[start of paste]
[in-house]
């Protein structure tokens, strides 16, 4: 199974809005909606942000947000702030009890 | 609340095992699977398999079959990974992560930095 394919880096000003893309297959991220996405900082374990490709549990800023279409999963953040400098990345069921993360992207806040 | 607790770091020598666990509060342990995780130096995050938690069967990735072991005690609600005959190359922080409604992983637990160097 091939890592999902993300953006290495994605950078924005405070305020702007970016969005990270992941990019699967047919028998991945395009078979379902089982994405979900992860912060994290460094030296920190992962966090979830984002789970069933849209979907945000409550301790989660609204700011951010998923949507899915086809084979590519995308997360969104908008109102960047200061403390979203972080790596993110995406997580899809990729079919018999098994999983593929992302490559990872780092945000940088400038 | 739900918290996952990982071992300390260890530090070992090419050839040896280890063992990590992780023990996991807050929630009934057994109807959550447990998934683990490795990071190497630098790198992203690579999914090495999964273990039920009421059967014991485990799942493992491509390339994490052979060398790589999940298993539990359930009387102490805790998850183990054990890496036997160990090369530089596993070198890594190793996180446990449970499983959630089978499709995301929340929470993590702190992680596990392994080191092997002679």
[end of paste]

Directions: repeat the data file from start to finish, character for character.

[in-house]
């Protein structure tokens, strides 16, 4: 199974809005909606942000947000702030009890 | 609340095992699977398999079959990974992560930095 394919880096000003893309297959991220996405900082374990490709549990800023279409999963953040400098990345069921993360992207806040 | 607790770091020598666990509060342990995780130096995050938690069967990735072991005690609600005959190359922080409604992983637990160097 091939890592999902993300953006290495994605950078924005405070305020702007970016969005990270992941990019699967047919028998991945395009078979379902089982994405979900992860912060994290460094030296920190992962966090979830984002789970069933849209979907945000409550301790989660609204700011951010998923949507899915086809084979590519995308997360969104908008109102960047200061403390979203972080790596993110995406997580899809990729079919018999098994999983593929992302490559990872780092945000940088400038 | 739900918290996952990982071992300390260890530090070992090419050839040896280890063992990590992780023990996991807050929630009934057994109807959550447990998934683990490795990071190497630098790198992203690579999914090495999964273990039920009421059967014991485990799942493992491509390339994490052979060398790589999940298993539990359930009387102490805790998850183990054990890496036997160990090369530089596993070198890594190793996180446990449970499983959630089978499709995301929340929470993590702190992680596990392994080191092997002679």